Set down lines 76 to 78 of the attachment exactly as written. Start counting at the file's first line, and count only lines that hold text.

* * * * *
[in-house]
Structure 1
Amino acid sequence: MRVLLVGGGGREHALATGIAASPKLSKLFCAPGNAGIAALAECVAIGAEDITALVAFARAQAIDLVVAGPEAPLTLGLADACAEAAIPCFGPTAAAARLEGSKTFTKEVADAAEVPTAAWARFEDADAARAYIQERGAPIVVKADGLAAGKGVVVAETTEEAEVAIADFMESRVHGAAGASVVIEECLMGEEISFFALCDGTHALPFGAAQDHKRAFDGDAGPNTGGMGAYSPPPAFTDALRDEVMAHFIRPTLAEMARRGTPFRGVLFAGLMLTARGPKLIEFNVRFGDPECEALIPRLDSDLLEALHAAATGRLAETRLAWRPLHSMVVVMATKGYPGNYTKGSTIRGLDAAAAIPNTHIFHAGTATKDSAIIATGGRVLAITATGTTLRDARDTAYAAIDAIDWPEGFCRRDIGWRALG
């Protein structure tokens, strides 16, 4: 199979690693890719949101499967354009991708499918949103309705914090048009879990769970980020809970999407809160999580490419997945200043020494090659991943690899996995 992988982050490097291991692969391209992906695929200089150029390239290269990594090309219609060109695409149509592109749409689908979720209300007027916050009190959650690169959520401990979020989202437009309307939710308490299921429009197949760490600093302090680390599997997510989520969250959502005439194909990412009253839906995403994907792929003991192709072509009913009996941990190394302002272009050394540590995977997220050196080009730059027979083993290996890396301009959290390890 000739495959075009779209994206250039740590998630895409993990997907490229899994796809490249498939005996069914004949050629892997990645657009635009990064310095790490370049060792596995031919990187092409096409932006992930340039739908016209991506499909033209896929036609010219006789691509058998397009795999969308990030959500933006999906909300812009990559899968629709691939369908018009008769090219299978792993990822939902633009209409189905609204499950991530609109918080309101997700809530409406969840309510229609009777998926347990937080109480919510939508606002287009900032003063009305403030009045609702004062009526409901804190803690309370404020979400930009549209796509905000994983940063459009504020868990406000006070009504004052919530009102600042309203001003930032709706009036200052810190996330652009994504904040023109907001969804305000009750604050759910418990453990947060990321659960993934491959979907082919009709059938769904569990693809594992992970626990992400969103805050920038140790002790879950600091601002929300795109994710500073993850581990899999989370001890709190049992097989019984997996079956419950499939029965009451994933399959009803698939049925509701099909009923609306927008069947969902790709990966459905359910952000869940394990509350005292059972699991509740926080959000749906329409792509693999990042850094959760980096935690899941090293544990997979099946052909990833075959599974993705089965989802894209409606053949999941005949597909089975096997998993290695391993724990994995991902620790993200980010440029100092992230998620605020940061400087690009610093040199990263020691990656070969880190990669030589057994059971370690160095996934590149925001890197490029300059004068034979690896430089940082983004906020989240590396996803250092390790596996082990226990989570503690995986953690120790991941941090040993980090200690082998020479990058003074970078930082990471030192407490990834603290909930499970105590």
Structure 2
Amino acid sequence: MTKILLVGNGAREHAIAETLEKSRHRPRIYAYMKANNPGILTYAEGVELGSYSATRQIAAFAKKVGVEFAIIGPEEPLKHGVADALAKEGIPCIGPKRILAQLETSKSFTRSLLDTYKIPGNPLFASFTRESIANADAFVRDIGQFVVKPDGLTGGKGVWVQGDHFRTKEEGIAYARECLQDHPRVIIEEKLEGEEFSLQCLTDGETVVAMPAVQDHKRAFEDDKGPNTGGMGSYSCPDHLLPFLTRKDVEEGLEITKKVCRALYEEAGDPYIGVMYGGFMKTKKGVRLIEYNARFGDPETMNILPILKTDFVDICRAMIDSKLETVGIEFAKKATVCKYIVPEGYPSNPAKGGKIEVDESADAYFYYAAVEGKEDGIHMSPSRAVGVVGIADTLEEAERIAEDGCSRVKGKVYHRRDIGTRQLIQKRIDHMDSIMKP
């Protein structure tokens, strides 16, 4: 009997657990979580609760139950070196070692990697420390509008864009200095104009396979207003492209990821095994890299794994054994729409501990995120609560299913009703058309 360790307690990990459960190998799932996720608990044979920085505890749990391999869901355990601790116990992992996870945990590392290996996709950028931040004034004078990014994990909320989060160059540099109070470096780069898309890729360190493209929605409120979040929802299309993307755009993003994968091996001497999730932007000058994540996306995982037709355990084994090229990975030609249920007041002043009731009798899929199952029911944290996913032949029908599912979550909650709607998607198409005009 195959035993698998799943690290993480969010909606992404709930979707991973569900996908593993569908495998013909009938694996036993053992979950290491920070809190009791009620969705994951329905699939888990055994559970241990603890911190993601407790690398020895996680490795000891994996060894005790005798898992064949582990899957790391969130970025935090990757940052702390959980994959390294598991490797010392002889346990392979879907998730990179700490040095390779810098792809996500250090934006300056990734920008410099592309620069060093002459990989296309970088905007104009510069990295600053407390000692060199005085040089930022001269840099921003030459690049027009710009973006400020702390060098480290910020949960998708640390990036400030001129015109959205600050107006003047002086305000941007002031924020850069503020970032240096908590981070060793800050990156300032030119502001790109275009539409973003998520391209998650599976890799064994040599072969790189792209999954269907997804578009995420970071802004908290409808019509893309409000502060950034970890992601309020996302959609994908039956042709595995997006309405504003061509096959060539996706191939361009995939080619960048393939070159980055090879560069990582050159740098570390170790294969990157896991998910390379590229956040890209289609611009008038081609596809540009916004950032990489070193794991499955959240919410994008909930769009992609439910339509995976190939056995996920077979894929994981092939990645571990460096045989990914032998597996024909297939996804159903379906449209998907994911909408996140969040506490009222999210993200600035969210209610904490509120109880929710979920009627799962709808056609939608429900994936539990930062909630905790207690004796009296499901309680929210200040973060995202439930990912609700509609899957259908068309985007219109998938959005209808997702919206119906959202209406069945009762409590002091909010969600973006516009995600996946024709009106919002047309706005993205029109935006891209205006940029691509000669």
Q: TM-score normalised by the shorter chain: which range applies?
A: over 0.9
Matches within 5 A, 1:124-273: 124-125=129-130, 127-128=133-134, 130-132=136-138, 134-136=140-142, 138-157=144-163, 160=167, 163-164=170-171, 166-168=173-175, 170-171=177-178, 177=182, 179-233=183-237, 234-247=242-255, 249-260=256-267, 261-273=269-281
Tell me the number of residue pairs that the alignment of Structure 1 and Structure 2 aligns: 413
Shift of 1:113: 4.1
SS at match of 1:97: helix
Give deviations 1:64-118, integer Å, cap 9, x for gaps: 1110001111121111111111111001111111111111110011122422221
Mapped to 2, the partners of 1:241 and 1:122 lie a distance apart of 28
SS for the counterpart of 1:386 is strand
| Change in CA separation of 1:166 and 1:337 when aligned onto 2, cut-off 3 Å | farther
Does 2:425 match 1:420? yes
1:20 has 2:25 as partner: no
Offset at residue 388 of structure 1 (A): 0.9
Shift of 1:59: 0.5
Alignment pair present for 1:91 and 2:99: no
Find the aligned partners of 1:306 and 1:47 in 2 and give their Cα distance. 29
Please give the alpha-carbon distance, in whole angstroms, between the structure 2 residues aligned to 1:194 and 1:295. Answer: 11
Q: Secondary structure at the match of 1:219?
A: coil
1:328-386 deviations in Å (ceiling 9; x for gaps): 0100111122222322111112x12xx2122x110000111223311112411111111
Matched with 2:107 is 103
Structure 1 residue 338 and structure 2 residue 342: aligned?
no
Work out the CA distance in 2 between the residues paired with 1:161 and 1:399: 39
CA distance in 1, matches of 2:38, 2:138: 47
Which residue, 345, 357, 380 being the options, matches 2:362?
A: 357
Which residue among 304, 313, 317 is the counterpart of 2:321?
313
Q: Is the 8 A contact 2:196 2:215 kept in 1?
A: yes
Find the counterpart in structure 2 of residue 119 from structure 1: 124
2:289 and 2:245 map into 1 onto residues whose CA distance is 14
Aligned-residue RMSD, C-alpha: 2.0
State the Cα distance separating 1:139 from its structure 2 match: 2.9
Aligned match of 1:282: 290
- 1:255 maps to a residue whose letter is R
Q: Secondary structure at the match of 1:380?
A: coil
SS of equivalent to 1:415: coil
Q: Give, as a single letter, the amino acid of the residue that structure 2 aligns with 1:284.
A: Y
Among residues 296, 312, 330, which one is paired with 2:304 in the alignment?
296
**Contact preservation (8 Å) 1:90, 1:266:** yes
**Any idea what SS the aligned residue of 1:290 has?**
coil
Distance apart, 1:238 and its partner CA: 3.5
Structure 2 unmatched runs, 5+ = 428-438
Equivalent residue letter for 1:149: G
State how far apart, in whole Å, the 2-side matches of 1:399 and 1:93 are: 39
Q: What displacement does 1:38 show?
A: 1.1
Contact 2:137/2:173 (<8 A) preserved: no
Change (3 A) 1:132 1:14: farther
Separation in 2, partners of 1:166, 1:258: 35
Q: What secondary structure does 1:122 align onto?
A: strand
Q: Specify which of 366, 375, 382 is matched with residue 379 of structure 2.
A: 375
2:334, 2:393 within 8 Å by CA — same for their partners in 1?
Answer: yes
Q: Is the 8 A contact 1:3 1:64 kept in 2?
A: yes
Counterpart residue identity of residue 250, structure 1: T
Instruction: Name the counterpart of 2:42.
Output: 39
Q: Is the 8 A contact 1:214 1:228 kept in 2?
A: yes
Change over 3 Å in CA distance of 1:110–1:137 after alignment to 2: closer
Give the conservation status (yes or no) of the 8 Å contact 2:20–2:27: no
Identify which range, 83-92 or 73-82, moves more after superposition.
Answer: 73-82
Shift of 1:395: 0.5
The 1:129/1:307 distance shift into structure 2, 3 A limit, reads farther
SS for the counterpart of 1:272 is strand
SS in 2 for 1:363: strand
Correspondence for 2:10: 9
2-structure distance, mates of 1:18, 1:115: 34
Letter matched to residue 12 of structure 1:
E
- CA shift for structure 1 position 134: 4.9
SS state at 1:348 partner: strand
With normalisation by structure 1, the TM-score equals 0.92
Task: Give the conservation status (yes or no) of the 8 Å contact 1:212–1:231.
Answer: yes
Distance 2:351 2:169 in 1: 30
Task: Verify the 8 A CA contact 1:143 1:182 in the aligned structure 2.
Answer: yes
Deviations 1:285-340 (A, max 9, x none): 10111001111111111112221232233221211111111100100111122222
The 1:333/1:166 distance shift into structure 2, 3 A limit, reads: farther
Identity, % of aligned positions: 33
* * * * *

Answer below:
A: yes
Change over 3 Å in CA distance of 1:110–1:137 after alignment to 2: closer
Give the conservation status (yes or no) of the 8 Å contact 2:20–2:27: no